# Mittag-Leffler function The Mittag-Leffler function can be used to interpolate continuously between a Gaussian and a Lorentzian function.

In mathematics, the Mittag-Leffler function Eα,β is a special function, a complex function which depends on two complex parameters α and β. It may be defined by the following series when the real part of α is strictly positive:

$E_{\alpha ,\beta }(z)=\sum _{k=0}^{\infty }{\frac {z^{k}}{\Gamma (\alpha k+\beta )}}.$ where $\Gamma (x)$ is the Gamma function. When $\beta =1$ , it is abbreviated as $E_{\alpha }(z)=E_{\alpha ,1}(z)$ . For $\alpha =0$ , the series above equals the Taylor expansion of the geometric series and consequently $E_{0,\beta }(z)={\frac {1}{\Gamma (\beta )}}{\frac {1}{1-z}}$ .

In the case α and β are real and positive, the series converges for all values of the argument z, so the Mittag-Leffler function is an entire function. This function is named after Gösta Mittag-Leffler. This class of functions are important in the theory of the fractional calculus.

For α > 0, the Mittag-Leffler function $E_{\alpha ,1}(z)$ is an entire function of order 1/α, and is in some sense the simplest entire function of its order.

The Mittag-Leffler function satisfies the recurrence property (Theorem 5.1 of )

$E_{\alpha ,\beta }(z)={\frac {1}{z}}E_{\alpha ,\beta -\alpha }(z)-{\frac {1}{z\Gamma (\beta -\alpha ),}}$ from which the Poincaré asymptotic expansion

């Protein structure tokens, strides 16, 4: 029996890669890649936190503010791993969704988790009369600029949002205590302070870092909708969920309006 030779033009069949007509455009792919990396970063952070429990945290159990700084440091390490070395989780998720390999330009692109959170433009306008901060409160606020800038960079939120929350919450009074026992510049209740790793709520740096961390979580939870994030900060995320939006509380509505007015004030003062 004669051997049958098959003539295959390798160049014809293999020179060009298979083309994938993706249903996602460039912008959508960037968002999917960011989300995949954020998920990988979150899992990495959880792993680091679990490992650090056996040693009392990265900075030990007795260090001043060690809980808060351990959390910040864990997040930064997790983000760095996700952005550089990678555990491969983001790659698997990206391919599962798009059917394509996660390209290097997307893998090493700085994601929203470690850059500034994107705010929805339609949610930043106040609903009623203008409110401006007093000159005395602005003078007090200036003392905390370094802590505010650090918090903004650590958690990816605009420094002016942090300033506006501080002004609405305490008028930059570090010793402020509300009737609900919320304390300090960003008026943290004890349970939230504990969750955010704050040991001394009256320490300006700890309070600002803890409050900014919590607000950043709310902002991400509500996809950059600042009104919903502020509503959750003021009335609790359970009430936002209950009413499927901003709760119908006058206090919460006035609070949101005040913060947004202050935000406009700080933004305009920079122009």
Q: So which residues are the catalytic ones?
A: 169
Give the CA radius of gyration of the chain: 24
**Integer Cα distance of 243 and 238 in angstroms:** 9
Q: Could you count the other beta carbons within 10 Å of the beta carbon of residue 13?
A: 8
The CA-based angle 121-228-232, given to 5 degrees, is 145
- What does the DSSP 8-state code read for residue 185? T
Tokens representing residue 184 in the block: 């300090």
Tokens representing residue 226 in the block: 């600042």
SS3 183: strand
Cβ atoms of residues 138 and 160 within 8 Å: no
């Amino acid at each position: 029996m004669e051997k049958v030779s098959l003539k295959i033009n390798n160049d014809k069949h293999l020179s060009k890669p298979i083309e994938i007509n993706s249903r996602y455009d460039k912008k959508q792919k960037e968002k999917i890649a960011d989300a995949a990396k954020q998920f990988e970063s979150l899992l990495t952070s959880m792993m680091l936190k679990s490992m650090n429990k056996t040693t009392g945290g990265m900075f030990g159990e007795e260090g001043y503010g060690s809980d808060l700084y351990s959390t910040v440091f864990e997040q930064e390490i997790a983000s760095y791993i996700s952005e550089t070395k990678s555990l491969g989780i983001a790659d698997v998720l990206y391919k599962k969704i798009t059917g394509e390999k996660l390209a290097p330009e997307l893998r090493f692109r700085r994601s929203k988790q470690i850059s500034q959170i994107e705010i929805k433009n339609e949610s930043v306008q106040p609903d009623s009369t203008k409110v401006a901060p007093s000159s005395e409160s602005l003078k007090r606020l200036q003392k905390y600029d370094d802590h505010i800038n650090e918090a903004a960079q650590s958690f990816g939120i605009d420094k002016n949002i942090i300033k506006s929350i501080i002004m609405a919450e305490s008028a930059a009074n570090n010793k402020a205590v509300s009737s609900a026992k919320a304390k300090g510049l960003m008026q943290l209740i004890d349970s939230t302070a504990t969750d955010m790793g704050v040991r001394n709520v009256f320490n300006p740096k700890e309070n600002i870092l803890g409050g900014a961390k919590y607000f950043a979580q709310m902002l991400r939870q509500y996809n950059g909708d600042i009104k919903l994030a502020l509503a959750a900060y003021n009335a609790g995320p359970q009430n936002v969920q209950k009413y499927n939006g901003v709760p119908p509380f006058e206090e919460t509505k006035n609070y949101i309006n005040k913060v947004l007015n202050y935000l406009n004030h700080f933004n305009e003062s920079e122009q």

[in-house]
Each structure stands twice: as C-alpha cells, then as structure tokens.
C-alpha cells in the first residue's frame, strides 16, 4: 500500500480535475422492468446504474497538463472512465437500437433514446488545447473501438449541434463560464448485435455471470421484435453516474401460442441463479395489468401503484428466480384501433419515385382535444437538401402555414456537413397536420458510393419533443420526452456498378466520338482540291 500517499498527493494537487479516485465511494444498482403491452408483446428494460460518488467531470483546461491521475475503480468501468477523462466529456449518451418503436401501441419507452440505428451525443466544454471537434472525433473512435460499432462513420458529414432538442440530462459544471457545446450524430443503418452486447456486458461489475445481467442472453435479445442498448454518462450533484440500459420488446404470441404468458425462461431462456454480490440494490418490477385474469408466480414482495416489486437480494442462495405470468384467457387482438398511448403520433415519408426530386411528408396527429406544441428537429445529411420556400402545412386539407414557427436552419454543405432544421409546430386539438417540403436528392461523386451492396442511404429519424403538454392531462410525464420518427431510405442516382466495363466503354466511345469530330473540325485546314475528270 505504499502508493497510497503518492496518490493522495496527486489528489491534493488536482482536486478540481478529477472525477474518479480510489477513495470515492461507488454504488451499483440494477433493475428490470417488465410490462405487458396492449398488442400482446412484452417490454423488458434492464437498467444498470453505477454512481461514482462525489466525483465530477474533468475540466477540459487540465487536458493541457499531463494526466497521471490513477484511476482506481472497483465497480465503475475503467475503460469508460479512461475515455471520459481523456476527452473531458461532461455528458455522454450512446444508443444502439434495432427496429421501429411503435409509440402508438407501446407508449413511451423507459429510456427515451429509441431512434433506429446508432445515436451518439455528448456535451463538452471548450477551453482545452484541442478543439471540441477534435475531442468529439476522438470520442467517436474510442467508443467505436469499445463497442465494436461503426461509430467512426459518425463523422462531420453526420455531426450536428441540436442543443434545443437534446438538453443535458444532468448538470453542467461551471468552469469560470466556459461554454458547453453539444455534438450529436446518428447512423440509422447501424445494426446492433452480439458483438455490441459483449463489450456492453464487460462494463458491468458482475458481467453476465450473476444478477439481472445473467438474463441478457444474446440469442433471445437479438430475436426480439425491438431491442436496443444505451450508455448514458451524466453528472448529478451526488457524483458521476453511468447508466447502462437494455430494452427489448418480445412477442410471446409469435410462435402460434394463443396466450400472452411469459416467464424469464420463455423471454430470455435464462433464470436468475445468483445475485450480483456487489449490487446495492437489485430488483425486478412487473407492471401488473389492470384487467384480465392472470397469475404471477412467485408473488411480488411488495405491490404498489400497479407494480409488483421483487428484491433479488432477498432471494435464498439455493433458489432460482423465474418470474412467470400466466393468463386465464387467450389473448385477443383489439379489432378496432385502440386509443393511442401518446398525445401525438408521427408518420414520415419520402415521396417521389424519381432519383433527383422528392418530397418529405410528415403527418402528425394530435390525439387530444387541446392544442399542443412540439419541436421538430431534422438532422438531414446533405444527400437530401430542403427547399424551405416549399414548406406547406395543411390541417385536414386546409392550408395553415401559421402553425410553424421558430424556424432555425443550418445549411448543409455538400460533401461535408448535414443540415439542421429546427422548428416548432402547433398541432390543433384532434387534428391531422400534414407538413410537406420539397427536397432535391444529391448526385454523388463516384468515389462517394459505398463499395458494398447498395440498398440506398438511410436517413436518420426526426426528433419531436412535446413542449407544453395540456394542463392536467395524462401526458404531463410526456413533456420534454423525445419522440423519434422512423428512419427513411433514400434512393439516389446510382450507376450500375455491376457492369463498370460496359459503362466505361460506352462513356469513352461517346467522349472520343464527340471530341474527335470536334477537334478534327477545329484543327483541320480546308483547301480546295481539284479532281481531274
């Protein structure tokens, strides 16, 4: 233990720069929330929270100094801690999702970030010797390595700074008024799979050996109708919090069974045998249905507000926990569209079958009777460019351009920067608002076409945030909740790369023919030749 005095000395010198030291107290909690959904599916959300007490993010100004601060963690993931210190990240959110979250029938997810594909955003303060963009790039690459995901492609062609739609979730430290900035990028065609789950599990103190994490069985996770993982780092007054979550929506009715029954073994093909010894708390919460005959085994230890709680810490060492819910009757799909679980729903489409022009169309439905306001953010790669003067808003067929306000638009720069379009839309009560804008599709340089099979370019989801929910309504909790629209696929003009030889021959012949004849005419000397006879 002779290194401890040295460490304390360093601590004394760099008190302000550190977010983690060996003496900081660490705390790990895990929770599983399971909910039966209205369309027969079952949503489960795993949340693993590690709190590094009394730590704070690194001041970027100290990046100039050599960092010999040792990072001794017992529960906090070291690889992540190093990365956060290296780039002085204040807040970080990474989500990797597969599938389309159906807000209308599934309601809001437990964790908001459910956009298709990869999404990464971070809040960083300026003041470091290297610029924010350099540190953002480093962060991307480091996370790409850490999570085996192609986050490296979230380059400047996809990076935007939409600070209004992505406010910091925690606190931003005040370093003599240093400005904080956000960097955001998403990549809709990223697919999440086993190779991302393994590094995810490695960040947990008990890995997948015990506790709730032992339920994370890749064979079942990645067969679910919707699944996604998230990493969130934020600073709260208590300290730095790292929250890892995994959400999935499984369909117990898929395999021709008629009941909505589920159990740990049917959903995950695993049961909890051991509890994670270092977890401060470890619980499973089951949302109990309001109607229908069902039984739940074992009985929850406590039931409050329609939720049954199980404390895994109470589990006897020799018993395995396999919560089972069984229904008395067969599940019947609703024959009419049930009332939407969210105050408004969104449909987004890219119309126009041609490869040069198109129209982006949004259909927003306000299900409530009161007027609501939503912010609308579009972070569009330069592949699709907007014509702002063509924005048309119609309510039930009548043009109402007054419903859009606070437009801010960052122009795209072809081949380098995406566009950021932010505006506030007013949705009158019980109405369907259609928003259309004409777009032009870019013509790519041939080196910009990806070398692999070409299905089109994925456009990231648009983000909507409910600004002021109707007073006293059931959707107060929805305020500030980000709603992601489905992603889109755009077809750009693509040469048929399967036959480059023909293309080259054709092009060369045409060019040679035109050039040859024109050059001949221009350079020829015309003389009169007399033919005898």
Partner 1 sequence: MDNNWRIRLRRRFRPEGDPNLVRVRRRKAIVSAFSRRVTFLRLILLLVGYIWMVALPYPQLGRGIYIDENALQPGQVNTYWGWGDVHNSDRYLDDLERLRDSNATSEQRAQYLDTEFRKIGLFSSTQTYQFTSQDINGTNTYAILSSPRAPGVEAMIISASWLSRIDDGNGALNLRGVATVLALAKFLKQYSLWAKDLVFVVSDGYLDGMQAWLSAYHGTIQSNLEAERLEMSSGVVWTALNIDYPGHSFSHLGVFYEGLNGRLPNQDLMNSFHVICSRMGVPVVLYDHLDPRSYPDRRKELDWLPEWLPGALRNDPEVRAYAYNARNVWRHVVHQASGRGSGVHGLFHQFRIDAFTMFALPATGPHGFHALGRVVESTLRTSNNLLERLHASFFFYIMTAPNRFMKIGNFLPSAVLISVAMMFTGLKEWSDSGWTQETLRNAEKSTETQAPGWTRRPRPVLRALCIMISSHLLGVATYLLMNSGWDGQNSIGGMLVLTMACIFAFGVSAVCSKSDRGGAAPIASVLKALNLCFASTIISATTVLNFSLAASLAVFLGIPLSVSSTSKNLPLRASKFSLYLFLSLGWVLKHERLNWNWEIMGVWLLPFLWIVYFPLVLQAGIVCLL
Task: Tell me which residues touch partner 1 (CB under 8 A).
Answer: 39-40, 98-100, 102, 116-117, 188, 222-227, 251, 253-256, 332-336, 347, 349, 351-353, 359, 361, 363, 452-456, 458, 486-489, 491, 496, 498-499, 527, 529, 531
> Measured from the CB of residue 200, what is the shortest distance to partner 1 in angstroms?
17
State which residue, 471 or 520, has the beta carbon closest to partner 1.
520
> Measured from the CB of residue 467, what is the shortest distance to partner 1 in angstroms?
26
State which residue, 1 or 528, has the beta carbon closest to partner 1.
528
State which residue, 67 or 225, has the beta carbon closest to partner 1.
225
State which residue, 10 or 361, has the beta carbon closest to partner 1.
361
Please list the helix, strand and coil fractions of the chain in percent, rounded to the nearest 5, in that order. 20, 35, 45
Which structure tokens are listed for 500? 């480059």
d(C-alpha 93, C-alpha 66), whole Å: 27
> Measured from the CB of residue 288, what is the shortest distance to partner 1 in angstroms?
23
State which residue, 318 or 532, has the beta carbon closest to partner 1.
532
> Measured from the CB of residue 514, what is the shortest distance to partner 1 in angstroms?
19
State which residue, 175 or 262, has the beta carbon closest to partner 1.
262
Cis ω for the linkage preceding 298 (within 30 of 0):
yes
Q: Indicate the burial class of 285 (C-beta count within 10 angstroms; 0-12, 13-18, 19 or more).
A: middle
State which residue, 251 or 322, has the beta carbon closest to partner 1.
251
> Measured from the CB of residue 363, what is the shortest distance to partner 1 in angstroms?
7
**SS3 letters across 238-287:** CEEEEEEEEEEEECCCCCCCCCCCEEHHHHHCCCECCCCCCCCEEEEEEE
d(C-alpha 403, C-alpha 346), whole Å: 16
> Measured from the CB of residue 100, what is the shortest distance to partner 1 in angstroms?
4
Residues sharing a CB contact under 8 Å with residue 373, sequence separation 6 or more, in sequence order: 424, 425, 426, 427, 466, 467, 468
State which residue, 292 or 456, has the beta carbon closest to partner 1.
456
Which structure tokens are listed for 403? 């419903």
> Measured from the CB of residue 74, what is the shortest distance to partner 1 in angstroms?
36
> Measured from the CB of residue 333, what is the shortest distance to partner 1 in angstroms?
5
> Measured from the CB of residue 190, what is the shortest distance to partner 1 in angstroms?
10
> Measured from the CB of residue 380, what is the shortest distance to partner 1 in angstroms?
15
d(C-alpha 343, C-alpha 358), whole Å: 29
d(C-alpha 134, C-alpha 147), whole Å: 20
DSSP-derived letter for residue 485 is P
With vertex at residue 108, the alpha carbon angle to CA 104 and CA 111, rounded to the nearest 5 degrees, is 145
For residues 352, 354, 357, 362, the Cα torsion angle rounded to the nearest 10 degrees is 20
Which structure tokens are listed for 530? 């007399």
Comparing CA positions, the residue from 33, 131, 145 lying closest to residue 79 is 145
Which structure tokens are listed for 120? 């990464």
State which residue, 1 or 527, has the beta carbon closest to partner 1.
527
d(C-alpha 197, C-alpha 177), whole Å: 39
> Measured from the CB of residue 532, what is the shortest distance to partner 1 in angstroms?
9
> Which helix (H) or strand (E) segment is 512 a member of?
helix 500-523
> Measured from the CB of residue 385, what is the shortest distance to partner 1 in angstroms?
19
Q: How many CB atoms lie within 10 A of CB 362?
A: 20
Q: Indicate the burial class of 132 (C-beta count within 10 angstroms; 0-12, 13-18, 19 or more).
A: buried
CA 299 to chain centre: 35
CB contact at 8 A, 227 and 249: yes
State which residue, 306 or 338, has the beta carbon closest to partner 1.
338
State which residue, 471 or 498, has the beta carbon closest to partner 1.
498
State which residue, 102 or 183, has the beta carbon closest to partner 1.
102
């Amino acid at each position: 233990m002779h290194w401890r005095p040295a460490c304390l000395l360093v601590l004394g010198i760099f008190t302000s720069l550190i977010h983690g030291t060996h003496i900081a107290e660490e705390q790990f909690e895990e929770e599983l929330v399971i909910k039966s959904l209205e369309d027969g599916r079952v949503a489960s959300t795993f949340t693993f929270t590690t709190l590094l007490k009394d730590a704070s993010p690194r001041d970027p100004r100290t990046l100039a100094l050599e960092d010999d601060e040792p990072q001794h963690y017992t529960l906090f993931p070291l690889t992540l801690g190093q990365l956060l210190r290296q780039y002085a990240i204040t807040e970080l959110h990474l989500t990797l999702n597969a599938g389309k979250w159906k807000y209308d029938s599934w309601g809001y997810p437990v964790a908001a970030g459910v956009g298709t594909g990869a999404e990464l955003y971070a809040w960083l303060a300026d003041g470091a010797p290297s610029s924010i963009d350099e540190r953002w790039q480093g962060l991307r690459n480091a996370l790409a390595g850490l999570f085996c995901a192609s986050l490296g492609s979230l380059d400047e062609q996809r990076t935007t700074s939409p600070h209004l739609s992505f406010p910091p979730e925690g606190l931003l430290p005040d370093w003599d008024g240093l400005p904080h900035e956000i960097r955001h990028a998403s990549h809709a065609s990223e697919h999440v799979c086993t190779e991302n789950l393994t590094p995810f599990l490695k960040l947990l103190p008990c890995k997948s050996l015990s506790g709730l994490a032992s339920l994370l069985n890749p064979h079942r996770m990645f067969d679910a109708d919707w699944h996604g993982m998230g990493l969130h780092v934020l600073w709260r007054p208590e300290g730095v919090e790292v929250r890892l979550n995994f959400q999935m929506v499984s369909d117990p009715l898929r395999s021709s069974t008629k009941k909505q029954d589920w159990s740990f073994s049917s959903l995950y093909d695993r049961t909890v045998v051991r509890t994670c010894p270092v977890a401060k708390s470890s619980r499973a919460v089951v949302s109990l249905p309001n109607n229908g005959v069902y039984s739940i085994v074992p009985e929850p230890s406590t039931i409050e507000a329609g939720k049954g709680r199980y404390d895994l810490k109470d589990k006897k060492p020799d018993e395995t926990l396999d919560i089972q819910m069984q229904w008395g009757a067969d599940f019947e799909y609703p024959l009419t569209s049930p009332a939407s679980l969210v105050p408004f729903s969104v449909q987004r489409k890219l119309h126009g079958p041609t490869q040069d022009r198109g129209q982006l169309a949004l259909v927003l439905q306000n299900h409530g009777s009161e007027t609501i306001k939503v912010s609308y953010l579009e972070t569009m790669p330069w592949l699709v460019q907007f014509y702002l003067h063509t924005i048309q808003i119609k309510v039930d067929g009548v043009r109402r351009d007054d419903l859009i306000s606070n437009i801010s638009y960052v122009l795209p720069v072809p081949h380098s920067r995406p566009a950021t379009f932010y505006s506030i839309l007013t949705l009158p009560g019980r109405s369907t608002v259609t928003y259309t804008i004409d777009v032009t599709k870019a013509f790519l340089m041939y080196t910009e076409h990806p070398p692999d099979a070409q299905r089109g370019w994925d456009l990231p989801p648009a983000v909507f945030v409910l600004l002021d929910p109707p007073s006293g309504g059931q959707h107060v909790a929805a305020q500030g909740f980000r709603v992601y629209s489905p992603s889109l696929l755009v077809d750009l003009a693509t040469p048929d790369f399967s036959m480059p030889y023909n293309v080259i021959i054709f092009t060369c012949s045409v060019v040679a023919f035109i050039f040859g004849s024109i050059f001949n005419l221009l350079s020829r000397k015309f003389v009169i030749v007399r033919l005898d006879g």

$E_{\alpha ,\beta }(z)\sim -\sum _{k=1}{\frac {1}{z^{k}\Gamma (\beta -k\alpha )}}$ follows, which is true for $z\to -\infty$ .

## Special cases

For $\alpha =0,1/2,1,2$ we find: (Section 2 of )

$E_{\frac {1}{2}}(z)=\exp(z^{2})\operatorname {erfc} (-z).$ The sum of a geometric progression:

$E_{0}(z)=\sum _{k=0}^{\infty }z^{k}={\frac {1}{1-z}},\,|z|<1.$ $E_{1}(z)=\sum _{k=0}^{\infty }{\frac {z^{k}}{\Gamma (k+1)}}=\sum _{k=0}^{\infty }{\frac {z^{k}}{k!}}=\exp(z).$ $E_{2}(z)=\cosh({\sqrt {z}}),{\text{ and }}E_{2}(-z^{2})=\cos(z).$ For $\beta =2$ , we have

$E_{1,2}(z)={\frac {e^{z}-1}{z}},$ $E_{2,2}(z)={\frac {\sinh({\sqrt {z}})}{\sqrt {z}}}.$ For $\alpha =0,1,2$ , the integral

$\int _{0}^{z}E_{\alpha }(-s^{2})\,{\mathrm {d} }s$ gives, respectively: $\arctan(z)$ , ${\tfrac {\sqrt {\pi }}{2}}\operatorname {erf} (z)$ , $\sin(z)$ .

## Mittag-Leffler's integral representation

The integral representation of the Mittag-Leffler function is (Section 6 of )

$E_{\alpha ,\beta }(z)={\frac {1}{2\pi i}}\int _{C}{\frac {t^{\alpha -\beta }e^{t}}{t^{\alpha }-z}}\,dt,\Re (\alpha )>0,\Re (\beta )>0,$ where the contour C starts and ends at −∞ and circles around the singularities and branch points of the integrand.

Related to the Laplace transform and Mittag-Leffler summation is the expression (Eq (7.5) of , with m=0)

$\int _{0}^{\infty }e^{-tz}t^{\beta -1}E_{\alpha ,\beta }(\pm r\,t^{\alpha })\,dt={\frac {z^{\alpha -\beta }}{z^{\alpha }\mp r}},\Re (z)>0,\Re (\alpha )>0,\Re (\beta )>0.$